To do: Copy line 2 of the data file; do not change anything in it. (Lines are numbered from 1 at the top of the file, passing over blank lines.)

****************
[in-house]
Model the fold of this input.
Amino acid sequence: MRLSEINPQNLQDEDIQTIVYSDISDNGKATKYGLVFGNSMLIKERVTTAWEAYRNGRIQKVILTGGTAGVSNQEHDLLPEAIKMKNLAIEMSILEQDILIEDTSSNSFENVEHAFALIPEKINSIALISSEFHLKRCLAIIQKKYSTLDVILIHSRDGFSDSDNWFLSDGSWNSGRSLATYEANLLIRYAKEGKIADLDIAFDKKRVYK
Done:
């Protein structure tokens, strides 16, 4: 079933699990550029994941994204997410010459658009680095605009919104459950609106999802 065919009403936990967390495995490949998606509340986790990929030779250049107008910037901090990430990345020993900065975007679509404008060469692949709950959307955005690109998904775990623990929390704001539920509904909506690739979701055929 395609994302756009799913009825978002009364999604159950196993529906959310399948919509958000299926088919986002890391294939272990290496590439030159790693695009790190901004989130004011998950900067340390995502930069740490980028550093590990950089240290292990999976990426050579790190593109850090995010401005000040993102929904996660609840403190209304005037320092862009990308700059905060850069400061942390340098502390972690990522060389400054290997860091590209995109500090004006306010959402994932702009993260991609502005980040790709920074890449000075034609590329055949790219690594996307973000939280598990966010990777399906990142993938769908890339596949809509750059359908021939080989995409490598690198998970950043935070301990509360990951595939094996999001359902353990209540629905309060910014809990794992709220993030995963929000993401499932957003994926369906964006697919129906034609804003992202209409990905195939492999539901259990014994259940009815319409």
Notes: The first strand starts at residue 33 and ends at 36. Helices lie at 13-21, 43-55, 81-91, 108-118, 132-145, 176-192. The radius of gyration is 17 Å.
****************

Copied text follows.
Model the fold of this input.